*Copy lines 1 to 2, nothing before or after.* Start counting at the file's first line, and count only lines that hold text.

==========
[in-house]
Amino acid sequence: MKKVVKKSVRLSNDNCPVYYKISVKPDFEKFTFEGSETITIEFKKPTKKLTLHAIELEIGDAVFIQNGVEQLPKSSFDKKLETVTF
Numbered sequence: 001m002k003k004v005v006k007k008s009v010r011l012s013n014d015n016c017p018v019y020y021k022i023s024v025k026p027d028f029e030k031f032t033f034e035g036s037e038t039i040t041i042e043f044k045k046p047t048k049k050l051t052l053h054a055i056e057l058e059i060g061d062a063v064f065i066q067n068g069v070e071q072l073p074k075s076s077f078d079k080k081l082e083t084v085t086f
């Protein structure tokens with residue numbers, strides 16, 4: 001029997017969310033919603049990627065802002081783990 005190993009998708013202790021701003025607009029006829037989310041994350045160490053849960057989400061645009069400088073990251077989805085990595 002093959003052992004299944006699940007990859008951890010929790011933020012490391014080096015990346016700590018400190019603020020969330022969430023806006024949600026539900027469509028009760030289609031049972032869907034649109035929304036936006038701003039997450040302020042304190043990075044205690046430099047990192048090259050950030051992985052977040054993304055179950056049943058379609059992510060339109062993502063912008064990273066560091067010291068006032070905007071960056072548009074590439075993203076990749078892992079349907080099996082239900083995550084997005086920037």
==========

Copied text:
[in-house]
Amino acid sequence: MKKVVKKSVRLSNDNCPVYYKISVKPDFEKFTFEGSETITIEFKKPTKKLTLHAIELEIGDAVFIQNGVEQLPKSSFDKKLETVTF